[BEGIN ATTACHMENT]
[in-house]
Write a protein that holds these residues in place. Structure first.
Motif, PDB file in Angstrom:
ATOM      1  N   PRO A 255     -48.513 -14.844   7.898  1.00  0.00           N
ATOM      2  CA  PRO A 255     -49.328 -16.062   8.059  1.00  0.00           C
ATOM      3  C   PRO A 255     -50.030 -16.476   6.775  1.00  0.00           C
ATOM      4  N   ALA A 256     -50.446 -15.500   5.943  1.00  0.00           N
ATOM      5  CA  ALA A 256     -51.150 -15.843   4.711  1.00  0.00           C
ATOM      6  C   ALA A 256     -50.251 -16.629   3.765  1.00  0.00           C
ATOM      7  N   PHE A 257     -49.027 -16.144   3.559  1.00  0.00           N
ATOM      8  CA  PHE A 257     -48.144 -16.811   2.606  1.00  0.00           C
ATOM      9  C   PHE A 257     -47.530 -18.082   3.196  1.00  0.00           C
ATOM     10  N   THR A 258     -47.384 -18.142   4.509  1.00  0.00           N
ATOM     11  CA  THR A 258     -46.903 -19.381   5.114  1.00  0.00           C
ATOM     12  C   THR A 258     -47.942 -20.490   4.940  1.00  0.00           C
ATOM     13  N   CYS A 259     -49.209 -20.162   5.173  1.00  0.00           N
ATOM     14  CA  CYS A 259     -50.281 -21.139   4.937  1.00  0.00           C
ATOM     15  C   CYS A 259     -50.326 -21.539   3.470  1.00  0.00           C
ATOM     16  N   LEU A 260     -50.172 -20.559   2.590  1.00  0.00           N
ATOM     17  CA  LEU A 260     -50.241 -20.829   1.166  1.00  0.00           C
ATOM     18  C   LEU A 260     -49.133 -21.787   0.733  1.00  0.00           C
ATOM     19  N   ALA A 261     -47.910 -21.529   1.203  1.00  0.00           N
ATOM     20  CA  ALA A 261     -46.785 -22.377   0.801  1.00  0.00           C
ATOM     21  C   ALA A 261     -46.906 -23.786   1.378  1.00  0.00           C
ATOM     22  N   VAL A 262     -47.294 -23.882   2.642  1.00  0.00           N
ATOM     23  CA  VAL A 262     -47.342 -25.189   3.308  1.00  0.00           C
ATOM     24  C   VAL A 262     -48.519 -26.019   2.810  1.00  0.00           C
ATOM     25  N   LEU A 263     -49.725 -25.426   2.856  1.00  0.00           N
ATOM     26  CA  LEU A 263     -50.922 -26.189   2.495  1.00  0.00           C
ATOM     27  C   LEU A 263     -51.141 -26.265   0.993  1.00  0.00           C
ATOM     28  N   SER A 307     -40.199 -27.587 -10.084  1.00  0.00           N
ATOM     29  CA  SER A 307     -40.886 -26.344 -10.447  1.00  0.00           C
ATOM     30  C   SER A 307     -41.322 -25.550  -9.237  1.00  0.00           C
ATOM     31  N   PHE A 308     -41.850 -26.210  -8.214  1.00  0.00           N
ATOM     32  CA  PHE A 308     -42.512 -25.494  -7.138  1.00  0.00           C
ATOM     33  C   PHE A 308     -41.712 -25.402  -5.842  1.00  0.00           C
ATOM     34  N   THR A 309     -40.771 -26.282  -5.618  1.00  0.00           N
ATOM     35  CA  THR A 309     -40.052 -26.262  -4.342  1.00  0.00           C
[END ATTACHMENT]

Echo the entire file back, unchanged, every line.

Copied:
[in-house]
Write a protein that holds these residues in place. Structure first.
Motif, PDB file in Angstrom:
ATOM      1  N   PRO A 255     -48.513 -14.844   7.898  1.00  0.00           N
ATOM      2  CA  PRO A 255     -49.328 -16.062   8.059  1.00  0.00           C
ATOM      3  C   PRO A 255     -50.030 -16.476   6.775  1.00  0.00           C
ATOM      4  N   ALA A 256     -50.446 -15.500   5.943  1.00  0.00           N
ATOM      5  CA  ALA A 256     -51.150 -15.843   4.711  1.00  0.00           C
ATOM      6  C   ALA A 256     -50.251 -16.629   3.765  1.00  0.00           C
ATOM      7  N   PHE A 257     -49.027 -16.144   3.559  1.00  0.00           N
ATOM      8  CA  PHE A 257     -48.144 -16.811   2.606  1.00  0.00           C
ATOM      9  C   PHE A 257     -47.530 -18.082   3.196  1.00  0.00           C
ATOM     10  N   THR A 258     -47.384 -18.142   4.509  1.00  0.00           N
ATOM     11  CA  THR A 258     -46.903 -19.381   5.114  1.00  0.00           C
ATOM     12  C   THR A 258     -47.942 -20.490   4.940  1.00  0.00           C
ATOM     13  N   CYS A 259     -49.209 -20.162   5.173  1.00  0.00           N
ATOM     14  CA  CYS A 259     -50.281 -21.139   4.937  1.00  0.00           C
ATOM     15  C   CYS A 259     -50.326 -21.539   3.470  1.00  0.00           C
ATOM     16  N   LEU A 260     -50.172 -20.559   2.590  1.00  0.00           N
ATOM     17  CA  LEU A 260     -50.241 -20.829   1.166  1.00  0.00           C
ATOM     18  C   LEU A 260     -49.133 -21.787   0.733  1.00  0.00           C
ATOM     19  N   ALA A 261     -47.910 -21.529   1.203  1.00  0.00           N
ATOM     20  CA  ALA A 261     -46.785 -22.377   0.801  1.00  0.00           C
ATOM     21  C   ALA A 261     -46.906 -23.786   1.378  1.00  0.00           C
ATOM     22  N   VAL A 262     -47.294 -23.882   2.642  1.00  0.00           N
ATOM     23  CA  VAL A 262     -47.342 -25.189   3.308  1.00  0.00           C
ATOM     24  C   VAL A 262     -48.519 -26.019   2.810  1.00  0.00           C
ATOM     25  N   LEU A 263     -49.725 -25.426   2.856  1.00  0.00           N
ATOM     26  CA  LEU A 263     -50.922 -26.189   2.495  1.00  0.00           C
ATOM     27  C   LEU A 263     -51.141 -26.265   0.993  1.00  0.00           C
ATOM     28  N   SER A 307     -40.199 -27.587 -10.084  1.00  0.00           N
ATOM     29  CA  SER A 307     -40.886 -26.344 -10.447  1.00  0.00           C
ATOM     30  C   SER A 307     -41.322 -25.550  -9.237  1.00  0.00           C
ATOM     31  N   PHE A 308     -41.850 -26.210  -8.214  1.00  0.00           N
ATOM     32  CA  PHE A 308     -42.512 -25.494  -7.138  1.00  0.00           C
ATOM     33  C   PHE A 308     -41.712 -25.402  -5.842  1.00  0.00           C
ATOM     34  N   THR A 309     -40.771 -26.282  -5.618  1.00  0.00           N
ATOM     35  CA  THR A 309     -40.052 -26.262  -4.342  1.00  0.00           C